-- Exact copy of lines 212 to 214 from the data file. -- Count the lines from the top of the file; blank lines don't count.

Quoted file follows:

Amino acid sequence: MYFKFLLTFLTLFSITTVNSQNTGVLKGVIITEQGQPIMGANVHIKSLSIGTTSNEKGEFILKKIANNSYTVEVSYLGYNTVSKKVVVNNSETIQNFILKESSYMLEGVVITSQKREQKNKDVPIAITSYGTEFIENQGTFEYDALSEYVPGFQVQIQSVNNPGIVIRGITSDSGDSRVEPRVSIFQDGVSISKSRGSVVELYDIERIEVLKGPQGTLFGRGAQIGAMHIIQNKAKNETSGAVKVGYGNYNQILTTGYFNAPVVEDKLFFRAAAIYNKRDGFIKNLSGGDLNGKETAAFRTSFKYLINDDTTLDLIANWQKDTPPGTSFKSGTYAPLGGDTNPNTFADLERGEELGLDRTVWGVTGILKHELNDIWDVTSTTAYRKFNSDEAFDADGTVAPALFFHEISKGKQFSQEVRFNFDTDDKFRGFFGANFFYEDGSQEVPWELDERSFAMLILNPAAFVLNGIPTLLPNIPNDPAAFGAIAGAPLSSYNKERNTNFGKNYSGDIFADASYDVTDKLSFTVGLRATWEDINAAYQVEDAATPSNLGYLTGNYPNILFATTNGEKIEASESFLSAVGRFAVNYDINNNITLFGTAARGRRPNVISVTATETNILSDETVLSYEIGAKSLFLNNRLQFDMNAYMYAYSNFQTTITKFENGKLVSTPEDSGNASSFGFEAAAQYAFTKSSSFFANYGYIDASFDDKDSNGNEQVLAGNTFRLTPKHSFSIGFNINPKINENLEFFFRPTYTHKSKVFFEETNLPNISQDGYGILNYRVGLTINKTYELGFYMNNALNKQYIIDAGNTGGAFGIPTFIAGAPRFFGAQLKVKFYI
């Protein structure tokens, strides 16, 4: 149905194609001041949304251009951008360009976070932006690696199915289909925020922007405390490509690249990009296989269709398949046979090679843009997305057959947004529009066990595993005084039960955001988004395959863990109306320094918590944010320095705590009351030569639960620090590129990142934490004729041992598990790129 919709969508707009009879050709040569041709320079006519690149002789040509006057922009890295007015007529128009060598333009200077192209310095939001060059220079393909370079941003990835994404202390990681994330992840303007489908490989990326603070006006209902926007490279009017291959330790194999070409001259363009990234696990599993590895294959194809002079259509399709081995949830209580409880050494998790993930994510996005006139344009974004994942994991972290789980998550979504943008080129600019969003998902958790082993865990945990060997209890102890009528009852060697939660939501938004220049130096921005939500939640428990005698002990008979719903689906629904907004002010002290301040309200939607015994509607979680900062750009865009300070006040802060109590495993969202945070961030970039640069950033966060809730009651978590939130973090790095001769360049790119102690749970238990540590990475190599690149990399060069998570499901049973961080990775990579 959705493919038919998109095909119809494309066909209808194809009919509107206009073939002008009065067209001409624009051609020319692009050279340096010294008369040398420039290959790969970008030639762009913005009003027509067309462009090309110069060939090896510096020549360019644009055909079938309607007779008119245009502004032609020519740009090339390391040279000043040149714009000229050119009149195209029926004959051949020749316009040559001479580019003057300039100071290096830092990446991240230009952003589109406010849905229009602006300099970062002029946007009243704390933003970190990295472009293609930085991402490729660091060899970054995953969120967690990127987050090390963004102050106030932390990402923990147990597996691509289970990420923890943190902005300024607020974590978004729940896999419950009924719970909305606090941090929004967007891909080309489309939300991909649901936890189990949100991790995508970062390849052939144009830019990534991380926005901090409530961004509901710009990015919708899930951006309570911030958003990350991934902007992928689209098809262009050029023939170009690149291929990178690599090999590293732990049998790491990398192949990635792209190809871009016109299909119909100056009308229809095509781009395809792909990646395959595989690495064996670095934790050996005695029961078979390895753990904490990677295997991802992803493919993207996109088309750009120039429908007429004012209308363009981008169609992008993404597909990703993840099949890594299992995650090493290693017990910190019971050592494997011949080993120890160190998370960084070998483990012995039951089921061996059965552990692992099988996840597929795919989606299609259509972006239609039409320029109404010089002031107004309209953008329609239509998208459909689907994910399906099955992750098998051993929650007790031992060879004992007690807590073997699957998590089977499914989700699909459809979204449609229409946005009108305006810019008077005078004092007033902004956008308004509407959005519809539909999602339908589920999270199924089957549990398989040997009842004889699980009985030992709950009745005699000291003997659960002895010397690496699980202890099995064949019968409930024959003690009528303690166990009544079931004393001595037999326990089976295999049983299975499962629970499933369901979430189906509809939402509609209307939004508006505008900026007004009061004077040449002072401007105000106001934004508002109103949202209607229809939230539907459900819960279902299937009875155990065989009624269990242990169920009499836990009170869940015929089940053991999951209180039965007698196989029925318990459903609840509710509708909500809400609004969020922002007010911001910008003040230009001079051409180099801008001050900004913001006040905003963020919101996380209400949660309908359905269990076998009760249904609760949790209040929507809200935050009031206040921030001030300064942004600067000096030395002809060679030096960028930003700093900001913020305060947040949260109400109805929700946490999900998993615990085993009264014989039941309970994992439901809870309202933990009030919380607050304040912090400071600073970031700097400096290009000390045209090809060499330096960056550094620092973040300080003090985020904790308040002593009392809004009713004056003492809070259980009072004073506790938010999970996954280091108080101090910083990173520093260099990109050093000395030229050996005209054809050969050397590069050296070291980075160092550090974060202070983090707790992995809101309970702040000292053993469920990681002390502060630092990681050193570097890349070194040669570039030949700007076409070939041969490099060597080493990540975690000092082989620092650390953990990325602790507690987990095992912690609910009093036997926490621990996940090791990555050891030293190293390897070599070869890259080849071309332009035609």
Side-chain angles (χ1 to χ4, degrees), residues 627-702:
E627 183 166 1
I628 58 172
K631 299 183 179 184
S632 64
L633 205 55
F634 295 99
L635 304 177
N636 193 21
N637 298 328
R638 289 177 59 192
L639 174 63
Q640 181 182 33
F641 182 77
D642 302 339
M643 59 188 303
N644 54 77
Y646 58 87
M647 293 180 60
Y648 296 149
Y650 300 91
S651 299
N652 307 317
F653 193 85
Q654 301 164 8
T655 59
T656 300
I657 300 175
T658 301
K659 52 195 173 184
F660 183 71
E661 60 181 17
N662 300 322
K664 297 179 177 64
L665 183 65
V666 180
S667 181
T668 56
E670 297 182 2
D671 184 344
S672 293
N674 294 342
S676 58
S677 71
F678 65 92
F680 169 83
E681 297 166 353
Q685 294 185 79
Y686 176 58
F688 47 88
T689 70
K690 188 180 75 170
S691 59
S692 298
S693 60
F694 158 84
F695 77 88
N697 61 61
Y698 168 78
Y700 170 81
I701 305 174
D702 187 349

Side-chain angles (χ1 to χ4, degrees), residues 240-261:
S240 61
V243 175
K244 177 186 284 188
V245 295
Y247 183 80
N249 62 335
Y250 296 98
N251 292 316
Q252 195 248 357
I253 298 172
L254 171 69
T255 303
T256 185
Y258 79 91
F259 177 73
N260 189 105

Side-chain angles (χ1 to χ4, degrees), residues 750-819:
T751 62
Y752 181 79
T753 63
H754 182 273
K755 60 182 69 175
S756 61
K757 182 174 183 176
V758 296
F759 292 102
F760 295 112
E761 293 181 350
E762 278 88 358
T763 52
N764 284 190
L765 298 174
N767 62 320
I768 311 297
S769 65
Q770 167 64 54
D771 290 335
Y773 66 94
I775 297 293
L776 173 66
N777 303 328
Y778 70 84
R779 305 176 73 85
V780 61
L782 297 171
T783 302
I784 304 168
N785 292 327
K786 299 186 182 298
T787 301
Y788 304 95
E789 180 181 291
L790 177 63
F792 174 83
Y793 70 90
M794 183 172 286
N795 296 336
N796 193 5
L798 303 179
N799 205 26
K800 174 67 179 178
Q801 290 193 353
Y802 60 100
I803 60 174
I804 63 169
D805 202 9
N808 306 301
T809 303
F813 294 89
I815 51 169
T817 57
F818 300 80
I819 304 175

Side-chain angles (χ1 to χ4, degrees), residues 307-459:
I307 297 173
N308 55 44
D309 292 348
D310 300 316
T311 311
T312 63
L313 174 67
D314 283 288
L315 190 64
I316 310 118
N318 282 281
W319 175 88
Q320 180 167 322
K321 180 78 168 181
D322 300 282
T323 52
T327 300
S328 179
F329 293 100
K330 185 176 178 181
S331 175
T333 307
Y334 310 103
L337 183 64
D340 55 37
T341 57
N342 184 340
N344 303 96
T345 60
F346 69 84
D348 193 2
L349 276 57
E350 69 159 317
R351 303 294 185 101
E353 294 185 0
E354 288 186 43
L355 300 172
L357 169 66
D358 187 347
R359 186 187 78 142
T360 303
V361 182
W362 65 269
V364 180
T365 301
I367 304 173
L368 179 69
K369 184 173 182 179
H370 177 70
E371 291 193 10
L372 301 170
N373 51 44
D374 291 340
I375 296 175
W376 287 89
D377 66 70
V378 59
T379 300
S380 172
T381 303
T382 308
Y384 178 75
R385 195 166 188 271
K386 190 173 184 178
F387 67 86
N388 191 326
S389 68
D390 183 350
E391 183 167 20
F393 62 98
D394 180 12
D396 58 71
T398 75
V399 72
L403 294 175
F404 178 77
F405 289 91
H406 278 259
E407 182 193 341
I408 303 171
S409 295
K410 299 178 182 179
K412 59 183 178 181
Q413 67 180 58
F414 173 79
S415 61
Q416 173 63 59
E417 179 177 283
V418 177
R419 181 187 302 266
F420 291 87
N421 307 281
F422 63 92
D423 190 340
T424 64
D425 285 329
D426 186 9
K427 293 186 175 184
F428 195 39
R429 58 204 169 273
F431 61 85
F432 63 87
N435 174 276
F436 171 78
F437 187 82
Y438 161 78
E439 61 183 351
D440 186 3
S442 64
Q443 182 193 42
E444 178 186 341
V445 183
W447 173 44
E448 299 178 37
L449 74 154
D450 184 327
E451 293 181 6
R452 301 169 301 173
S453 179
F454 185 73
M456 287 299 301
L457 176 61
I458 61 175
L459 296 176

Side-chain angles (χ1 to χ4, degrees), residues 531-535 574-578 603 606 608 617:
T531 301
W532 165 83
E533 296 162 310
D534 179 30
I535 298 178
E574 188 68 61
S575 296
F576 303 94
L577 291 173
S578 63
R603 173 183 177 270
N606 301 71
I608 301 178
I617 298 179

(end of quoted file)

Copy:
T398 75
V399 72
L403 294 175